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Re: Pesky phonology questions

From:Arnt Richard Johansen <arntrich@...>
Date:Saturday, November 2, 2002, 21:31
On Fri, 1 Nov 2002, Peter Clark wrote:

> Enamyn's system 1 mutations evolved as a result of lenition, which means that > any intervocalic initial consonant mutated. Great. Now, what about the > vowels? For instance, in Proto-Enamyn, we have the words > *lhéwam - "child" > *ena - "mouth" > Now, if we had a word final vowel preceeding those words, it's clear how > lenition would affect *lhéwam but less so *ena. > */a K@wam/ -> */a l@wam/ > */a ena/ -> ?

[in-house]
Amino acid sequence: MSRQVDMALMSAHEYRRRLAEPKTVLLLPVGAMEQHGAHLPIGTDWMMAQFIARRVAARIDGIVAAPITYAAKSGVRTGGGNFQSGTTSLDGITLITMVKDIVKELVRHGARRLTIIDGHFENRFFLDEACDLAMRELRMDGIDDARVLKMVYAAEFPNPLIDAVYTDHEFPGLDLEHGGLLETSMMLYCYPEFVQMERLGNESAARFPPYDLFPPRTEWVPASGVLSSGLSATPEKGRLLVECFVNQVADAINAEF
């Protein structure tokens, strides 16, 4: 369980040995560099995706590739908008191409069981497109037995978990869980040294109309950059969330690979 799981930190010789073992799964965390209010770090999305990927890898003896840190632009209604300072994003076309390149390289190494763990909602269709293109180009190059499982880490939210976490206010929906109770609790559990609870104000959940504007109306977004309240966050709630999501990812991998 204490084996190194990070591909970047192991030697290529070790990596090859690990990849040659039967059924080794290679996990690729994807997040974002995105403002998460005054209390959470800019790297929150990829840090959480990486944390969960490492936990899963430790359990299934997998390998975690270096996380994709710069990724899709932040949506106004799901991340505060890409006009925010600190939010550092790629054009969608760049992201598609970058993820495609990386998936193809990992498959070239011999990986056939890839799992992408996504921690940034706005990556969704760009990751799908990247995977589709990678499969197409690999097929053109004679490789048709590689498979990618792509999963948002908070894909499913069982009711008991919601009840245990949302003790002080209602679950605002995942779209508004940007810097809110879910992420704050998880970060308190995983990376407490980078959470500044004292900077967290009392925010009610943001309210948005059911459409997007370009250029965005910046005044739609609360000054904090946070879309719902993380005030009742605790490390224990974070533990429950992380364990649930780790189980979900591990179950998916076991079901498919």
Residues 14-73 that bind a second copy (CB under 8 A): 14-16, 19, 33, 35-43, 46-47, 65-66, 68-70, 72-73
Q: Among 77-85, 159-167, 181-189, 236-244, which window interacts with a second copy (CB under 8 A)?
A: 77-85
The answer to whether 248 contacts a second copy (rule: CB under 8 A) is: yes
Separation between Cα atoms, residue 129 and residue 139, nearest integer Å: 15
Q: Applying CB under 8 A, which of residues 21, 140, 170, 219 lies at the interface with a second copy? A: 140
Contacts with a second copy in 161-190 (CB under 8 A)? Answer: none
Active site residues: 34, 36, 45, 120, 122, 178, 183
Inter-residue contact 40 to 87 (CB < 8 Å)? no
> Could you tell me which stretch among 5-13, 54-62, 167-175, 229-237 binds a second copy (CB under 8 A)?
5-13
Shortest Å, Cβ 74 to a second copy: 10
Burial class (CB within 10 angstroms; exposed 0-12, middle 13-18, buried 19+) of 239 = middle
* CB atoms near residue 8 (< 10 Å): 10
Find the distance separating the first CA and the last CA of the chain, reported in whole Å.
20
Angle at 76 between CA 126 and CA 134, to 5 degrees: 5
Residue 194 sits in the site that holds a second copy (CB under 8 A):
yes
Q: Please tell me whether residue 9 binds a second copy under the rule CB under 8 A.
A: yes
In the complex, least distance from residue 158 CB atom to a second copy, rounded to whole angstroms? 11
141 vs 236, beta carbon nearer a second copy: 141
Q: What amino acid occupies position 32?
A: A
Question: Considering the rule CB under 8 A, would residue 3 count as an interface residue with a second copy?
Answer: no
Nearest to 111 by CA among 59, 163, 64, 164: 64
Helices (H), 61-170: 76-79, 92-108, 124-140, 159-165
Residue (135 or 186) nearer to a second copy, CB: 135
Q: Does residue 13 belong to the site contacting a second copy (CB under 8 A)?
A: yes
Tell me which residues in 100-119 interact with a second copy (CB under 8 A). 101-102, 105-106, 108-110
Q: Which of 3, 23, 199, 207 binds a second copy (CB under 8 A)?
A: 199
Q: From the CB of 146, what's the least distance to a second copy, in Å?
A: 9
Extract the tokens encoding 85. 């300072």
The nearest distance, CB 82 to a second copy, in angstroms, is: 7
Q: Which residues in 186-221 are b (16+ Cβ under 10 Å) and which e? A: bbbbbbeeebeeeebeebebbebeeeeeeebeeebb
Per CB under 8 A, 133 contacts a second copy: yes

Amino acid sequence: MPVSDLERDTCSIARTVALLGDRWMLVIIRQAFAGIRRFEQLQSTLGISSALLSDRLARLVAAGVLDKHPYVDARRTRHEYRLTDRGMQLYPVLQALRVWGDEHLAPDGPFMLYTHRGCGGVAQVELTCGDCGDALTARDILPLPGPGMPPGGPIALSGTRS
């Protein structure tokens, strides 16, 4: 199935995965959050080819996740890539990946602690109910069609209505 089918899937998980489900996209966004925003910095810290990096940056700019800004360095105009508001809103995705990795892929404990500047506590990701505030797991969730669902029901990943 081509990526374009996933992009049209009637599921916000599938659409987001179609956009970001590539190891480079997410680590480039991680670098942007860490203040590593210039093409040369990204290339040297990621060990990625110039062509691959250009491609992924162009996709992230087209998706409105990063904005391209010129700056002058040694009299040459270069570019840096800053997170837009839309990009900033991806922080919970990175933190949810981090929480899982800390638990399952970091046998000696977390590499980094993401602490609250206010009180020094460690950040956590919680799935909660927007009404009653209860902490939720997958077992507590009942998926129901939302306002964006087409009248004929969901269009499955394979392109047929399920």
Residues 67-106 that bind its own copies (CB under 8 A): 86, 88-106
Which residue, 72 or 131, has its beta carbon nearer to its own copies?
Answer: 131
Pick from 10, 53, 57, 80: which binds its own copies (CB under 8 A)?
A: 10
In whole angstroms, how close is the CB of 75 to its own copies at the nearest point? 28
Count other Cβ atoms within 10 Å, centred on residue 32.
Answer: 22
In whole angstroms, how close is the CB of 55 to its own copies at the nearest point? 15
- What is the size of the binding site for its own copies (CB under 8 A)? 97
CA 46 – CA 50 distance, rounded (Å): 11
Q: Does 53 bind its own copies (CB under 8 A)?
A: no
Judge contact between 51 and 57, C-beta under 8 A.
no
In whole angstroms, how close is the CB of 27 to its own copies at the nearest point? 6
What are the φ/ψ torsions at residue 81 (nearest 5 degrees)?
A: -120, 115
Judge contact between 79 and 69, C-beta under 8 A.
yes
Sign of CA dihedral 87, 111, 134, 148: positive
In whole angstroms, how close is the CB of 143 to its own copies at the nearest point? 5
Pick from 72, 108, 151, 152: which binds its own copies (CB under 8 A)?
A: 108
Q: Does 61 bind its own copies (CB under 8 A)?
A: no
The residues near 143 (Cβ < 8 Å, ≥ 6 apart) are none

Well, you can skip the whole matter, and assume that this phonological process only happens to consonants. Or, if all your vowels are voiced, they will be unchanged (if by "lenition" you mean only voicing). In either case, the result will be the same: /a ena/ -> /a ena/. If Enamyn cannot have hiatus (two vowels in succession), which I assume Proto-Enyman had (since */a ena/ has been reconstructed), you can institute another kind of phonological process to eliminate that. You can do as other people have suggested, inserting an on-glide, or a consonant [N]. What I haven't seen among the other answers is the possibility of complete assimilation. If the phonological system of Enamyn allows long vowels, you can let */a ena/ -> /a:na/ or /e:na/. Hope this helps. -- Arnt Richard Johansen Vacuum cleaners suck. Kings rule. Ice is cool.